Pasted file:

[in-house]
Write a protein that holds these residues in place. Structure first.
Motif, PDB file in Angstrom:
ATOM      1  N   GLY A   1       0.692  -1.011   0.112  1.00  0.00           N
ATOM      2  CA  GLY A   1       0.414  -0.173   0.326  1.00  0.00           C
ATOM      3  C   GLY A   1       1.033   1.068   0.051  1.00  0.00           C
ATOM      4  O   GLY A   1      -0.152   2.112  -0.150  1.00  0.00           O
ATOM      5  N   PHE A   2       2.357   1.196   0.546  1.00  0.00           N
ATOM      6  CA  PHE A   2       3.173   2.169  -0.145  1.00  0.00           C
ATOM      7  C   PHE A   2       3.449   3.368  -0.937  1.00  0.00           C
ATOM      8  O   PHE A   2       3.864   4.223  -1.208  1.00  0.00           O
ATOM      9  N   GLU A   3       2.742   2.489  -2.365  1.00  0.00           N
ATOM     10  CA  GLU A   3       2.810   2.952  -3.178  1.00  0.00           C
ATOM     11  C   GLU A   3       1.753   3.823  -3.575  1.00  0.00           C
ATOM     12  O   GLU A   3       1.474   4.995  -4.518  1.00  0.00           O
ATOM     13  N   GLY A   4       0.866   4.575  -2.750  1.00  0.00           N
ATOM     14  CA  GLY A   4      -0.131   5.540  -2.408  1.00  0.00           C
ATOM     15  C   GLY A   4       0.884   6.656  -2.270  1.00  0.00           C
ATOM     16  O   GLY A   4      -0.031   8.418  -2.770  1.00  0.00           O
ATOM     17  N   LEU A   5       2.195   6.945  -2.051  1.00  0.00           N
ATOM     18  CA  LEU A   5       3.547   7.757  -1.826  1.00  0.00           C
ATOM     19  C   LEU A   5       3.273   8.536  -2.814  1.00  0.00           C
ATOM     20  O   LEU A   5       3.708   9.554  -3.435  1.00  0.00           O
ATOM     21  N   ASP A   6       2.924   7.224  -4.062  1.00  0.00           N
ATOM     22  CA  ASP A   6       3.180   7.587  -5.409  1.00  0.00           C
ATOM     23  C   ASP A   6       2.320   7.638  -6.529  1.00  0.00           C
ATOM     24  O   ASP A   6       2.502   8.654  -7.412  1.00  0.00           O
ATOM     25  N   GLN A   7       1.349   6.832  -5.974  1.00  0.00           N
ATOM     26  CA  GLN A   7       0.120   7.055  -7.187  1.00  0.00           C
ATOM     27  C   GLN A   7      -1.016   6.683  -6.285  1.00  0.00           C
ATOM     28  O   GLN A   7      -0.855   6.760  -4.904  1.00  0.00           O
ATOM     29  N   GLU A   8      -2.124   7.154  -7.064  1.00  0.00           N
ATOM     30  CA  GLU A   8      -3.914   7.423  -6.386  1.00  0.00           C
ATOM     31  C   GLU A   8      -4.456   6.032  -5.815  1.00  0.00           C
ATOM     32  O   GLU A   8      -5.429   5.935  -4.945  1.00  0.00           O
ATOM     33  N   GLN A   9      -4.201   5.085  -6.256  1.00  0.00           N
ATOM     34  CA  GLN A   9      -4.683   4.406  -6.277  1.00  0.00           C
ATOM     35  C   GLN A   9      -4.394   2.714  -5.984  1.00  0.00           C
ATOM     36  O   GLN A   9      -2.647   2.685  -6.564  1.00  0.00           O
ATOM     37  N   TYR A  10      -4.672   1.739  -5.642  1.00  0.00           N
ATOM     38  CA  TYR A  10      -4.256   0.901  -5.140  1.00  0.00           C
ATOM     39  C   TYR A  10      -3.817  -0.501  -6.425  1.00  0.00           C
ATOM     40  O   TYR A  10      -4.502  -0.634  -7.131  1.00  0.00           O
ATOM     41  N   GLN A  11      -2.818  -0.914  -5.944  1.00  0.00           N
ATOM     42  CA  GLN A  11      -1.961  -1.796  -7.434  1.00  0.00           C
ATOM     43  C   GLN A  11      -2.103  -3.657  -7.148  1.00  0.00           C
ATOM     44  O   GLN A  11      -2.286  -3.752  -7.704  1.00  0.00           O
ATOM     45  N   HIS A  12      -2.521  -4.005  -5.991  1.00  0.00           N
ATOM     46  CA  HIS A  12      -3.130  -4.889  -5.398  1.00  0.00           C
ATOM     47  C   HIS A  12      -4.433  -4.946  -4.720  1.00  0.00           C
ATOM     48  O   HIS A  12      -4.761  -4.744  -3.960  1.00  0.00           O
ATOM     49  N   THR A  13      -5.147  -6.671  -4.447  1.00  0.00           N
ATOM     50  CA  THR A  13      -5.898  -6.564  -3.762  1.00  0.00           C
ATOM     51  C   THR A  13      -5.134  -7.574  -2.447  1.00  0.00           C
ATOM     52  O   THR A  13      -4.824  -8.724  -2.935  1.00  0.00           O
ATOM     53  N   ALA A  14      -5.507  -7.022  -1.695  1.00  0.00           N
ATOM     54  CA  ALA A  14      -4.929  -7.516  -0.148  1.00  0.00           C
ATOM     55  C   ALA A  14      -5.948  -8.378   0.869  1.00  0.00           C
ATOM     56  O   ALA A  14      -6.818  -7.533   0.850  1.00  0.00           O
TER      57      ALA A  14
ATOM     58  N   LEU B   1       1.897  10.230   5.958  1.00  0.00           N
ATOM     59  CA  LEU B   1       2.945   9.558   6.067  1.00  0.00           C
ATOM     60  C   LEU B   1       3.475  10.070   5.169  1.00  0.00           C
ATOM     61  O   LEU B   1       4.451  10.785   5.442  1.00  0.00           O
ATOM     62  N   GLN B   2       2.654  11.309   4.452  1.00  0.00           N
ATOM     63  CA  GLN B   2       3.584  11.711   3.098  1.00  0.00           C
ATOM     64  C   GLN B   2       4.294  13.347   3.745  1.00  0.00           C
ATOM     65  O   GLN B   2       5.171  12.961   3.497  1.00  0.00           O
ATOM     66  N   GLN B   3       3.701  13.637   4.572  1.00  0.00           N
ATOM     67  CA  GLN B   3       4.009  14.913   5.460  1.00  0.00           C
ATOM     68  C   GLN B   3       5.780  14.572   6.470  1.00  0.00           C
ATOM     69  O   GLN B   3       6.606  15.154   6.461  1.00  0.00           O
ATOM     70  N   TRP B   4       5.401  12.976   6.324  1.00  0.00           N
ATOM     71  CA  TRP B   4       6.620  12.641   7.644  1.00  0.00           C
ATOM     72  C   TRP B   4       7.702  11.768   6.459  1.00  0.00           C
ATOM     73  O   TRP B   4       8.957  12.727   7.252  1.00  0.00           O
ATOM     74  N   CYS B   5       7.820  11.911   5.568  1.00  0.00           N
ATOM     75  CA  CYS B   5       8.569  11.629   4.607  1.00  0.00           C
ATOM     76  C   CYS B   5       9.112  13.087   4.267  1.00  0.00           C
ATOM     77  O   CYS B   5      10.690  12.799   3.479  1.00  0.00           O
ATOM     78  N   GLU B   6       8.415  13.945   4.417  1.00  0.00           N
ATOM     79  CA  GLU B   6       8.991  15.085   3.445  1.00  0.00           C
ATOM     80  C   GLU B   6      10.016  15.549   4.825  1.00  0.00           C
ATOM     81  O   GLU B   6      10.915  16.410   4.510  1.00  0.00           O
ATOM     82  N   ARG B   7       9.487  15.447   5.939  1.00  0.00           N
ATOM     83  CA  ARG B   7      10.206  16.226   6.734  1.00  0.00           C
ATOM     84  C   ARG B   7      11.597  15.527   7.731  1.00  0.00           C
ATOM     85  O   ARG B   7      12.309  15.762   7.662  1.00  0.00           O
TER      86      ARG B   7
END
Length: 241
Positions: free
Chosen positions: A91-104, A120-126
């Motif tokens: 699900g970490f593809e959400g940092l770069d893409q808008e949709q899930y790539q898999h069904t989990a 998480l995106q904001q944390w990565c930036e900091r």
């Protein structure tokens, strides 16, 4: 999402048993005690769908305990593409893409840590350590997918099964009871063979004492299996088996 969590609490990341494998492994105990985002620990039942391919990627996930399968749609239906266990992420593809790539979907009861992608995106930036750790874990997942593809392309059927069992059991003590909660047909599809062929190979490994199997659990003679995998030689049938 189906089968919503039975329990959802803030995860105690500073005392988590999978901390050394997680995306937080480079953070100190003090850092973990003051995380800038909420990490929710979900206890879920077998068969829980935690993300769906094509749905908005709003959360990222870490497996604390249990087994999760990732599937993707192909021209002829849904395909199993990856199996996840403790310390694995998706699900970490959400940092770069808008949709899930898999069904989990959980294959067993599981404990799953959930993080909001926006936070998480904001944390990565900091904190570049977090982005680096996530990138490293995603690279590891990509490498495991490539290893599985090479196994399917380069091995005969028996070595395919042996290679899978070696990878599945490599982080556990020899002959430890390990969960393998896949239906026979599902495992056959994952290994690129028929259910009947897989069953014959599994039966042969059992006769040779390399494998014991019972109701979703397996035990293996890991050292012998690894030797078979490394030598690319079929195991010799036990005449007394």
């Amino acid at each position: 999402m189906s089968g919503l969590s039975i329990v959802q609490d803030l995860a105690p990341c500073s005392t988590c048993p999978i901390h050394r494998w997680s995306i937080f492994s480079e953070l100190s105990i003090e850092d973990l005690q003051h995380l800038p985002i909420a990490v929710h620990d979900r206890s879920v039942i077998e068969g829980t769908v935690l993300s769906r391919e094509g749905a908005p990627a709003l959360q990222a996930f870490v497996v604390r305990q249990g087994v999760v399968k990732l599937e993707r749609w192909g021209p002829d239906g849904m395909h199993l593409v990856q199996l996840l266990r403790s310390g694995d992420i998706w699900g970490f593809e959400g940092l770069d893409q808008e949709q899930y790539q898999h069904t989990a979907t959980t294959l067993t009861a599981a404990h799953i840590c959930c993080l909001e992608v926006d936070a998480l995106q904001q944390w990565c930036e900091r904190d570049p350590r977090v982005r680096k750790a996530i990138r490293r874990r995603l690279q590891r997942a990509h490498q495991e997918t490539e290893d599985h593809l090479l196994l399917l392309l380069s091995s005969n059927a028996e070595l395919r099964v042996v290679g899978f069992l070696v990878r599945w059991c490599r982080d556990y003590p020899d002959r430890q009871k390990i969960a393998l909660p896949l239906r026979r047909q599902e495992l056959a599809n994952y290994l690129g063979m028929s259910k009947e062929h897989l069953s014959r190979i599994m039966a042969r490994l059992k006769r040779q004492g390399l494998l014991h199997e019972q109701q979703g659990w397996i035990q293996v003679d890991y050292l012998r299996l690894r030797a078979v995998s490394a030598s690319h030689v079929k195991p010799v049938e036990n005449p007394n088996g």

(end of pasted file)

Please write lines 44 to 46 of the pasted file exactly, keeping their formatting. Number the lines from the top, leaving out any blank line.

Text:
ATOM     41  N   GLN A  11      -2.818  -0.914  -5.944  1.00  0.00           N
ATOM     42  CA  GLN A  11      -1.961  -1.796  -7.434  1.00  0.00           C
ATOM     43  C   GLN A  11      -2.103  -3.657  -7.148  1.00  0.00           C